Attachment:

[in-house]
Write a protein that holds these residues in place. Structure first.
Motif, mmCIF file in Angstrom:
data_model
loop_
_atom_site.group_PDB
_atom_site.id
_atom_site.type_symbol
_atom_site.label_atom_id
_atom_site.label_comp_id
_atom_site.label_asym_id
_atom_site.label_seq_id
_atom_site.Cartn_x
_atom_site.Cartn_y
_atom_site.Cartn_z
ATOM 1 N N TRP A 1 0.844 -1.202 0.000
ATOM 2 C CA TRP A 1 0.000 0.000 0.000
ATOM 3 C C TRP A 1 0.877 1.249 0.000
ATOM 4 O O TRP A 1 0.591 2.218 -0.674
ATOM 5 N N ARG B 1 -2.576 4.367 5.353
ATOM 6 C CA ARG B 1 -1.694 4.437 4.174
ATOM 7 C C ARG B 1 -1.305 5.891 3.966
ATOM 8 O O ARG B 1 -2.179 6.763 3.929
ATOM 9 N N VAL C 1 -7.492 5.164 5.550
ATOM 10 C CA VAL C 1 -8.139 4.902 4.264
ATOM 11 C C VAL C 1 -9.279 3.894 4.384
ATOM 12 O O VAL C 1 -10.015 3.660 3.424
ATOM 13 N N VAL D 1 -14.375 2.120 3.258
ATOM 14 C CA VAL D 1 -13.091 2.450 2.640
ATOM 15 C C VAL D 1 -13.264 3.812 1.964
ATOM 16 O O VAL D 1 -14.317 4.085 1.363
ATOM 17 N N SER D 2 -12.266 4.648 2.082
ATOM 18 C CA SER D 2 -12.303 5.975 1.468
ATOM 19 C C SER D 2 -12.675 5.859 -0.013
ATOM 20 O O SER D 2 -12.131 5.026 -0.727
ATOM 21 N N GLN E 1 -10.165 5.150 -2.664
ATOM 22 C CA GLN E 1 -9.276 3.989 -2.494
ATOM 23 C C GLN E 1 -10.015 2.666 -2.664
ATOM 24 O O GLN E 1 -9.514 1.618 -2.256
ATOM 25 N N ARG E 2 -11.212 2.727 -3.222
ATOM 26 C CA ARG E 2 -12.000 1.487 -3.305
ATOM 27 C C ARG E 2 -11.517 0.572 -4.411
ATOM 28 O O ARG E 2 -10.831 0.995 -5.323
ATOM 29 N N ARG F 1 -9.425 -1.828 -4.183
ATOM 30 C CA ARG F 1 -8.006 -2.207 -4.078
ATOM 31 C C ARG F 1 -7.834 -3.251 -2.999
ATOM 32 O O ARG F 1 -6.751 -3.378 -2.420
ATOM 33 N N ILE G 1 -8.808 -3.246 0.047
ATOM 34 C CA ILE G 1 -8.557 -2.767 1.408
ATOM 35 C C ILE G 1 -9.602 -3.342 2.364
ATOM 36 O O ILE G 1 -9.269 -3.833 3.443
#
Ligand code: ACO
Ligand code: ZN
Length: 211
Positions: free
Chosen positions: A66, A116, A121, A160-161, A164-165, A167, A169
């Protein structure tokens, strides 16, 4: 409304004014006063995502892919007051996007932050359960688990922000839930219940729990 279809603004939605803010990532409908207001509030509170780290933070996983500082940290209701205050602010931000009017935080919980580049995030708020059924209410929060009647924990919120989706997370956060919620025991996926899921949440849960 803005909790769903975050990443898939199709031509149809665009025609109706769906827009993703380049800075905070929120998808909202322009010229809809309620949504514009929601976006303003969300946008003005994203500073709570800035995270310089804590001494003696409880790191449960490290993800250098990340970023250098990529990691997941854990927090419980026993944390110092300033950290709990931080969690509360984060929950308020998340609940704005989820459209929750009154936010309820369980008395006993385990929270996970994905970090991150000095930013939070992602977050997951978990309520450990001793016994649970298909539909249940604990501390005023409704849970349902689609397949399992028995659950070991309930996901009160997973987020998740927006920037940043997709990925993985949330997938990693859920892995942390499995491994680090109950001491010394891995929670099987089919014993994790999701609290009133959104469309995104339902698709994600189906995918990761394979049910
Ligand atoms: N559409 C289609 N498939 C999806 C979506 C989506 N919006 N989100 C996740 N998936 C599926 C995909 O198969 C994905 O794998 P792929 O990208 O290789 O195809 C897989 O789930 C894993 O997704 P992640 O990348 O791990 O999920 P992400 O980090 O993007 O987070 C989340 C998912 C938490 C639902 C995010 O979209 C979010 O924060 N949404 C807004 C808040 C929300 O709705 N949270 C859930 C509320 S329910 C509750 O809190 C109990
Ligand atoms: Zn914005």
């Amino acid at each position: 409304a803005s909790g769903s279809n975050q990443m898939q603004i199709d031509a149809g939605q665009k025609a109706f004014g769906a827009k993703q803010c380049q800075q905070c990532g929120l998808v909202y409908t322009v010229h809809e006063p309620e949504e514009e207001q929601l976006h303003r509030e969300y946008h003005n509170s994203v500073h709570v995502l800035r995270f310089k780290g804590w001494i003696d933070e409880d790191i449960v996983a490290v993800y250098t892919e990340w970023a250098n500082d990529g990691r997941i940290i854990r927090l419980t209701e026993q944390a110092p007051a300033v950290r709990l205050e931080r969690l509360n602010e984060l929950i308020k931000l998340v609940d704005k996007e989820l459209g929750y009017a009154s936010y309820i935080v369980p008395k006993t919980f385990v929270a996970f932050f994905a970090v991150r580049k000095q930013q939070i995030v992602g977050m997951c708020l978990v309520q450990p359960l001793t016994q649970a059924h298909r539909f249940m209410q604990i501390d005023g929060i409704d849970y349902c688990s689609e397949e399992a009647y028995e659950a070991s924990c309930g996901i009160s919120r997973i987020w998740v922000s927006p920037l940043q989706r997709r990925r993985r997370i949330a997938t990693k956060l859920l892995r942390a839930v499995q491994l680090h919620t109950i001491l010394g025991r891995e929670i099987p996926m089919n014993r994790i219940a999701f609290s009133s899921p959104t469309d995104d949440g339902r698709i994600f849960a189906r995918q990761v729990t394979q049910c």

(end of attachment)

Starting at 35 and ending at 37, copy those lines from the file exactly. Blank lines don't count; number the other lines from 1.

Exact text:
ATOM 20 O O SER D 2 -12.131 5.026 -0.727
ATOM 21 N N GLN E 1 -10.165 5.150 -2.664
ATOM 22 C CA GLN E 1 -9.276 3.989 -2.494